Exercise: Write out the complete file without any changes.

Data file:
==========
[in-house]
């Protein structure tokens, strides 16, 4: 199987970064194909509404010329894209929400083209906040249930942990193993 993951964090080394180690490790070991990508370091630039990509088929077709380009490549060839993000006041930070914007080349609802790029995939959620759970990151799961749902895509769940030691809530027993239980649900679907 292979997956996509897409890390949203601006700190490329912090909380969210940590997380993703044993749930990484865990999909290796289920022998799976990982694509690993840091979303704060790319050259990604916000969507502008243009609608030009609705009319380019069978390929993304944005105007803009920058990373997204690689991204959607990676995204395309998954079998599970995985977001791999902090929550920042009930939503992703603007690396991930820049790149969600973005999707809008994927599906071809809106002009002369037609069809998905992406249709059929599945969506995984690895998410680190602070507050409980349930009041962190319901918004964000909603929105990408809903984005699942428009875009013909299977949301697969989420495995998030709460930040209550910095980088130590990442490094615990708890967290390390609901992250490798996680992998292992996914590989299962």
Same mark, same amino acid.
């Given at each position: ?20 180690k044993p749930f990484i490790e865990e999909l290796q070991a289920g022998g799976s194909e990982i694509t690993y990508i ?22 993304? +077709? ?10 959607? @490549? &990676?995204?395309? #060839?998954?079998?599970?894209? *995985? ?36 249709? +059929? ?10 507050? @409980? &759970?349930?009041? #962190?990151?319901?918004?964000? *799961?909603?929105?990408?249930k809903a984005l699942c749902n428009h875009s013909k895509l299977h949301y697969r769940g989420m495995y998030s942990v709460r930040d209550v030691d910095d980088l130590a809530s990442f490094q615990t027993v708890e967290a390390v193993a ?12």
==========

[in-house]
């Protein structure tokens, strides 16, 4: 199987970064194909509404010329894209929400083209906040249930942990193993 993951964090080394180690490790070991990508370091630039990509088929077709380009490549060839993000006041930070914007080349609802790029995939959620759970990151799961749902895509769940030691809530027993239980649900679907 292979997956996509897409890390949203601006700190490329912090909380969210940590997380993703044993749930990484865990999909290796289920022998799976990982694509690993840091979303704060790319050259990604916000969507502008243009609608030009609705009319380019069978390929993304944005105007803009920058990373997204690689991204959607990676995204395309998954079998599970995985977001791999902090929550920042009930939503992703603007690396991930820049790149969600973005999707809008994927599906071809809106002009002369037609069809998905992406249709059929599945969506995984690895998410680190602070507050409980349930009041962190319901918004964000909603929105990408809903984005699942428009875009013909299977949301697969989420495995998030709460930040209550910095980088130590990442490094615990708890967290390390609901992250490798996680992998292992996914590989299962």
Same mark, same amino acid.
């Given at each position: ?20 180690k044993p749930f990484i490790e865990e999909l290796q070991a289920g022998g799976s194909e990982i694509t690993y990508i ?22 993304? +077709? ?10 959607? @490549? &990676?995204?395309? #060839?998954?079998?599970?894209? *995985? ?36 249709? +059929? ?10 507050? @409980? &759970?349930?009041? #962190?990151?319901?918004?964000? *799961?909603?929105?990408?249930k809903a984005l699942c749902n428009h875009s013909k895509l299977h949301y697969r769940g989420m495995y998030s942990v709460r930040d209550v030691d910095d980088l130590a809530s990442f490094q615990t027993v708890e967290a390390v193993a ?12």